U.S. decries Russia for attack on Aleppo aid convoy

Sep 20, 2016, 1:13 AM EDT
U.S. Secretary of State John Kerry
(Source: Inter-American Dialogue/flickr)

The U.S. slammed Russia for airstrikes that left at least 12 people dead and 18 trucks of an aid convoy completely destroyed around the Syrian city of Aleppo on Monday. U.N. Special Envoy for Syria, Staffan de Mistura, expressed “enormous outrage” over the air raids, saying that the convoy was an outcome of a long process of permissions and preparations. The assault came within hours after the Syrian military announced the end of a seven-day ceasefire.

Stephen O’Brien, the U.N.’s emergency relief coordinator, said that targeting of the aid convoy would amount to war crime if the strikes are found to be deliberate, writes The Guardian. Meanwhile, several areas in and around Aleppo were bombed and shelled, killing at least 32 people on Monday.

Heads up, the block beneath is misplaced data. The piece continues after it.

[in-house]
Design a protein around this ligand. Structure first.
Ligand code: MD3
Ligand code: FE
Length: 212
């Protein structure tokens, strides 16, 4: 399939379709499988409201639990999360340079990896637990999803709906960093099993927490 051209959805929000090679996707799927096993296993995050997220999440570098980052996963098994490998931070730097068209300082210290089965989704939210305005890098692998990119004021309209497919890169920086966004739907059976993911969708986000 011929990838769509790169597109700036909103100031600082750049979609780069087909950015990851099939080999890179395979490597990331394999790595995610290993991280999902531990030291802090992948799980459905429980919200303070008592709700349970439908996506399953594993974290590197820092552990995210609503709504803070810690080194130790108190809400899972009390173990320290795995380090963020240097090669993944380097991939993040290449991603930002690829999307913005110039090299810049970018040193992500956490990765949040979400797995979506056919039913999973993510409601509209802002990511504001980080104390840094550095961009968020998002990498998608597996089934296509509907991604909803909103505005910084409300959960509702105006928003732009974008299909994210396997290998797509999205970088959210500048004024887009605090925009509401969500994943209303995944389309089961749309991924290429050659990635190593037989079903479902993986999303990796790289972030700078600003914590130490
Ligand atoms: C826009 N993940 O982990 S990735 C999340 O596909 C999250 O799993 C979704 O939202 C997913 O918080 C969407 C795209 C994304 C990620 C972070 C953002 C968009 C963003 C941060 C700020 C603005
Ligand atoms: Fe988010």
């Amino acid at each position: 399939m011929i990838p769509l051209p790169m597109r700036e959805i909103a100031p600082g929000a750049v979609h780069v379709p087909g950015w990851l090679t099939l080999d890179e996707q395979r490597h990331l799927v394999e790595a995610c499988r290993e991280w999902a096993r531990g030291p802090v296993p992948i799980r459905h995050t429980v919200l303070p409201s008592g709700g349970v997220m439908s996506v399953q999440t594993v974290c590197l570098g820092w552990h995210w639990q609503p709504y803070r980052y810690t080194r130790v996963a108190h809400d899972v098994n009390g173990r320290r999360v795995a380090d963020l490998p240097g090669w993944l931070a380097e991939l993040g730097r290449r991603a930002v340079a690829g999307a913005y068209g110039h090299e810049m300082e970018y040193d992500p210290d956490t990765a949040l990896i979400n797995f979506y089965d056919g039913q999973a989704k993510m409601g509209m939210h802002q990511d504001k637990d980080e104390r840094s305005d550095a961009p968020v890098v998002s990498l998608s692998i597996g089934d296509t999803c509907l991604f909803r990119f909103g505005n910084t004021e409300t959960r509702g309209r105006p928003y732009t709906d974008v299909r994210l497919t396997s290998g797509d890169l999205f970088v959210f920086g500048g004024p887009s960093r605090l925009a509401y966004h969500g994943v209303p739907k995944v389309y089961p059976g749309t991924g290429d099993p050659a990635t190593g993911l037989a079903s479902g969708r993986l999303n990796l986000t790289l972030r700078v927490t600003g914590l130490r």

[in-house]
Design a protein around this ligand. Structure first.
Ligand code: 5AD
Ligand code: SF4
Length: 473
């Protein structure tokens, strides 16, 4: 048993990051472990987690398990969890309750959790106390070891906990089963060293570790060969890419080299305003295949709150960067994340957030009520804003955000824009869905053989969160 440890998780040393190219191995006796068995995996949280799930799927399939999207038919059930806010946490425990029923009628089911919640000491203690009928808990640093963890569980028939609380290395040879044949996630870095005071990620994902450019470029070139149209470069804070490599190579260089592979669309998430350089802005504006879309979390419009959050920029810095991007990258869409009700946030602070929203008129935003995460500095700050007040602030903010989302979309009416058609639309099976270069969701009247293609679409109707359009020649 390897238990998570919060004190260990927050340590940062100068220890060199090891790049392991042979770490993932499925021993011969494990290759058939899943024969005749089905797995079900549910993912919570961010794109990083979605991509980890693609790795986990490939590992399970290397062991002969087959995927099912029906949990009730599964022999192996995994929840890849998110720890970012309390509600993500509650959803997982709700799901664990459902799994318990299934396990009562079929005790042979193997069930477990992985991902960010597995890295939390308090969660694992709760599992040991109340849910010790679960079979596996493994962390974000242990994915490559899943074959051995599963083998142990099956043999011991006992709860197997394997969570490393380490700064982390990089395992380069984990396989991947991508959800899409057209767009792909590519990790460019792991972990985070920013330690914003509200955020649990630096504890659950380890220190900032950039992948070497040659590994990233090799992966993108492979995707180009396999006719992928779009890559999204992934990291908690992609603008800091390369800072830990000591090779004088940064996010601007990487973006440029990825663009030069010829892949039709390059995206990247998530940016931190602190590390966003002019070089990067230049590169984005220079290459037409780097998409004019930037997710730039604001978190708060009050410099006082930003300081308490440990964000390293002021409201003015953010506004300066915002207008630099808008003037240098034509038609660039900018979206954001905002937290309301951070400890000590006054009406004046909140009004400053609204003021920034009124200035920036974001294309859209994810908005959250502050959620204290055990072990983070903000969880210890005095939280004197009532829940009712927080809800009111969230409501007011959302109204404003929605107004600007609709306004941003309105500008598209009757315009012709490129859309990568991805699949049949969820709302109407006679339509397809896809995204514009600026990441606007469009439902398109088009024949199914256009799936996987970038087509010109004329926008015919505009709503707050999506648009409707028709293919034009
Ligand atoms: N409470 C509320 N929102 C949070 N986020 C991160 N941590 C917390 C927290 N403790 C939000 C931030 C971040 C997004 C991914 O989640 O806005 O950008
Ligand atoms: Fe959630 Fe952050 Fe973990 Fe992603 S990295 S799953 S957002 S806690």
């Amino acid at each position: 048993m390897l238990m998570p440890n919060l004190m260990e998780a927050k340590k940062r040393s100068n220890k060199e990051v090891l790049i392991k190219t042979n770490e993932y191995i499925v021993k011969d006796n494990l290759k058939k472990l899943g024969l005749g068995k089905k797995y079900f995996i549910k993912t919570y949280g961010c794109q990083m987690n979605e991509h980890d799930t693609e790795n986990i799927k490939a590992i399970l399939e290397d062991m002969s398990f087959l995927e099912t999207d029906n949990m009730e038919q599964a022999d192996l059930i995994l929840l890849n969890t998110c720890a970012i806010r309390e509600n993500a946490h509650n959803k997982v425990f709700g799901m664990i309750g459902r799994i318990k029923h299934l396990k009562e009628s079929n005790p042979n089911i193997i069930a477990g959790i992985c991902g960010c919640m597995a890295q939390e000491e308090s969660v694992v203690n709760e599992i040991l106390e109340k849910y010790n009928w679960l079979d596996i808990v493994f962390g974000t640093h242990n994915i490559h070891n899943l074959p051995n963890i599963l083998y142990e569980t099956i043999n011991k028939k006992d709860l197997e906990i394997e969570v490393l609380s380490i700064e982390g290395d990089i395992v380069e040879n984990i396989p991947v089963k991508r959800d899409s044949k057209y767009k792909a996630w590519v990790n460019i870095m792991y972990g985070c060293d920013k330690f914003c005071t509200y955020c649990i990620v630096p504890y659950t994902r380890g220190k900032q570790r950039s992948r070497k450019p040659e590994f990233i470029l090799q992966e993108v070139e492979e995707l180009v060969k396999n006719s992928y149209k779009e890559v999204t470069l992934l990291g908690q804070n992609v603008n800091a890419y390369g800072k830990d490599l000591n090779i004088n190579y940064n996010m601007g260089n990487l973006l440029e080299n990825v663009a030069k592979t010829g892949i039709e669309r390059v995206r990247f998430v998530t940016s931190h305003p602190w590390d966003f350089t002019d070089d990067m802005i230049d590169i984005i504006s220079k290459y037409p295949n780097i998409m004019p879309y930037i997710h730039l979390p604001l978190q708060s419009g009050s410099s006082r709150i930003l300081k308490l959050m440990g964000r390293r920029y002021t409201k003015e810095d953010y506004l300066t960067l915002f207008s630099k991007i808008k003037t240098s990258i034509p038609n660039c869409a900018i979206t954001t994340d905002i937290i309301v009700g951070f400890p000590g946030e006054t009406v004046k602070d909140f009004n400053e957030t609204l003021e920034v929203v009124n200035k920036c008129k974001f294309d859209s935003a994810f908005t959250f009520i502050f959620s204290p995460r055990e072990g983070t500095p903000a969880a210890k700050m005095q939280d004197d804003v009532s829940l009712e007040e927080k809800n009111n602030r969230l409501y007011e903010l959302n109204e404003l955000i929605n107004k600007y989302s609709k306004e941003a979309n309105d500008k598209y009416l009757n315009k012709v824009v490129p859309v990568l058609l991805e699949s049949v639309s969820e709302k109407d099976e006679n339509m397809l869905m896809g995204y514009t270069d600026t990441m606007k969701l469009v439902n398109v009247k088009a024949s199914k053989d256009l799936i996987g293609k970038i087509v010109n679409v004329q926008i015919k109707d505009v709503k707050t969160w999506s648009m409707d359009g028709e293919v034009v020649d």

While the U.S. accused Russia of failing to stop the Syrian regime from violation of ceasefire, Moscow said that the government forces responded to a major attack by rebels on Aleppo’s southwestern outskirts.

Upset over the Syrian military declaration, U.S. Secretary of State John Kerry said that the government should talk to the negotiators before making statements in the press, reports Al Jazeera. Kerry admitted that the U.S.-Russia brokered truce has failed to come to fruition in its first stage while adding that America still seeks to salvage the peace process.